Tag Archives: MALBA

Art and Mausoleums

A day of visiting the newest and latest and the oldest and deadest. MALBA is the equivalent of MOMA in that it shows the best in what was happening here during the 20th century. I’m so used to the NYC-centric scene in the States that a bit of gear-shifting was in order. What became obvious was that the artists in the collection were looking at Europe—primarily Paris—as a source, not New York. But, the early 20th century NYC artists were looking at Paris, also, so it’s all the same. I sensed a more vibrant palette, more figurative work, and references to indigenous culture, in general.

What I’ll miss is a show opening in a few days of the work of Mario Testino, a Peruvian  photographer who someone said is the South American Mapplethorpe. Not sure about that. I’d say he’s more like Helmet Newton.

20140311-095210.jpgMy last stop of the day was the Recoleta Cemetery, a small city of mausoleums. Nice, but I’m just not into dead people and their over-the-top monuments to themselves. Sorry. But, I’ll admit that these structures kept an awful lot of designers, modelers, pattern makers, bronze foundry men, stone carvers and more very busy.

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Buenos Aires

I’m now into the third and final leg of my great adventure, ten days in Buenos Aires. My Concordia friend Juan Corradi, Westray, suggested his favorite, the Unique Hotel, which is in the heart of the Recoleta area where he grew up. The hotel is funky, quiet and seemingly in the center of almost everything that I’m interested in walking to.

My initial impression of both the hotel and the city is that they are like an elderly wealthy dowager who is running out of money at the same rate that she’s running out of time. The city is beautiful, don’t get me wrong, but it needs a good scrubbing behind the ears, a bit of TLC and she’ll be set for another century. I can’t help compare Buenos Aires to Paris since much of the architecture and design here derived from the best of the turn of the last century’s equivalent in Europe, particularly Paris and Madrid.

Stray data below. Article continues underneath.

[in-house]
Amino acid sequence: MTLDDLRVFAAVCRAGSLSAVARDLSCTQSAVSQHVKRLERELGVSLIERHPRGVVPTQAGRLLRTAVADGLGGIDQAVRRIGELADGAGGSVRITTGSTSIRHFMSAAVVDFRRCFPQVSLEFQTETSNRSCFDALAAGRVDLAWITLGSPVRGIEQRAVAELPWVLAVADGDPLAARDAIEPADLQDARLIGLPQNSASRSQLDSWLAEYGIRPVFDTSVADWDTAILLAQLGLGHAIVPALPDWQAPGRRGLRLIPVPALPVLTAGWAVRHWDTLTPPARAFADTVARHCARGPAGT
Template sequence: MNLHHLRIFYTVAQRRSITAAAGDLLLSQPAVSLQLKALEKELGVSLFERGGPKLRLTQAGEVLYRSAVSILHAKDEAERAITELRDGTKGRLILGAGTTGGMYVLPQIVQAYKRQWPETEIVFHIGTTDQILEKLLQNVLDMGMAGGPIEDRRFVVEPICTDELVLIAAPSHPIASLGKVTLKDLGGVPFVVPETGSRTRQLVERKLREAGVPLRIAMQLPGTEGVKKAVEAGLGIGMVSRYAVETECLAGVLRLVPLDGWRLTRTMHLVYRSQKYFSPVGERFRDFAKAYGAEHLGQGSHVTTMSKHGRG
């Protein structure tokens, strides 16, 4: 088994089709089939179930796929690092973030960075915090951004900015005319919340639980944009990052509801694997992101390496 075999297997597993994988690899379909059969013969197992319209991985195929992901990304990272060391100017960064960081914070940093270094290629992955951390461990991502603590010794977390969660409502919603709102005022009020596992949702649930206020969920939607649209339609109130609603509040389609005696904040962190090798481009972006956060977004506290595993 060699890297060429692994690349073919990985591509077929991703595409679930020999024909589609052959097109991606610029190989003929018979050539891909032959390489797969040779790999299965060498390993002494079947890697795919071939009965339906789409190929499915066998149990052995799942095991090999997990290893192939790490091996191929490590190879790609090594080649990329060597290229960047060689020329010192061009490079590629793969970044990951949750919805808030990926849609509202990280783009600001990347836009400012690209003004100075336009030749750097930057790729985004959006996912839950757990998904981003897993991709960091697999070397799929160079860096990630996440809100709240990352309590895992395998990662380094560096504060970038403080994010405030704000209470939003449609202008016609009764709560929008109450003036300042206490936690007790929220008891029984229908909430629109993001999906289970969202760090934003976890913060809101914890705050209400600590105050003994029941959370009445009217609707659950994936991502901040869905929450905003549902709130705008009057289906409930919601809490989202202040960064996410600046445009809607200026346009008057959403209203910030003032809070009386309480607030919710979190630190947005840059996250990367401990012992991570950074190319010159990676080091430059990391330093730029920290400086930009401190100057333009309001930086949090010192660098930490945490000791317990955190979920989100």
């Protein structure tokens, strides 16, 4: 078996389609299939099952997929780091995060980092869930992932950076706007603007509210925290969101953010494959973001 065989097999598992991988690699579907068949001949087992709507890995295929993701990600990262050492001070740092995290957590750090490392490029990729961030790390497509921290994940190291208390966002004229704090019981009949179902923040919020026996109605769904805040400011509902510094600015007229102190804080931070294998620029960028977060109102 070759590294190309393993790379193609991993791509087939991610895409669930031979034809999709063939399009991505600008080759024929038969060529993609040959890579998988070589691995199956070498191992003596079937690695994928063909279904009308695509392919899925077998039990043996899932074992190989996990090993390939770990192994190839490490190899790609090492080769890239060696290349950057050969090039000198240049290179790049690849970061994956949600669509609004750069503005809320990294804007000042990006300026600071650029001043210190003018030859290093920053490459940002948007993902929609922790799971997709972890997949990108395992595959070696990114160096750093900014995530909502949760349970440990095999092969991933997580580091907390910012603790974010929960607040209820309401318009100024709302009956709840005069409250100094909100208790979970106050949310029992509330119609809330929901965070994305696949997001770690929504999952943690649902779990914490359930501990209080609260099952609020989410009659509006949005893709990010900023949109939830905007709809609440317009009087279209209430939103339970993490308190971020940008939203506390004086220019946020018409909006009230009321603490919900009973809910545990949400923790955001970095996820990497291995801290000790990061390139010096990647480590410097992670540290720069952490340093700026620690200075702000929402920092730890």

Sunday, yesterday, my first full day here, was spent walking around the old dockyard area which has, like so many other waterfronts, been turned into a tourist destination. And, of course, I cannot get away from Antarctica, it seems. Tied up along the quay is the Buque Museo Corbeta A. R. A. Uruguay, a barque-rigged, steam-powered, steel-hulled ship built in 1872 and acquired by the Argentina Navy two years later. She was used extensively by the navy before being modified for use in the Antarctic. One feat includes an early rescue of a Swedish scientific team that lost its ship to the ice in 1903. Later, she functioned as a supply ship for the Argentine Antarctic stations. But, I’m glad I did our Antarctic adventure on Pelagic Australis. Creature comforts for the crew seemed lacking on Uruguay, and Rupert’s cooking is probably far better than the real gruel served aboard this ship.

Off to the museum of modern art [Latin American Art Museum of Buenos Aires (MALBA)] today to check out what’s happening in that scene. One problem I have is that the not-so-cheap point-and-shoot camera I brought specifically to photograph here had a stroke and went into a coma at about the time we stepped aboard in Porto Williams. The advice is not to carry or flaunt a real camera here, or for that matter, anything else of value, so I’m not sure yet how to deal with images. Play it by ear, as they say.

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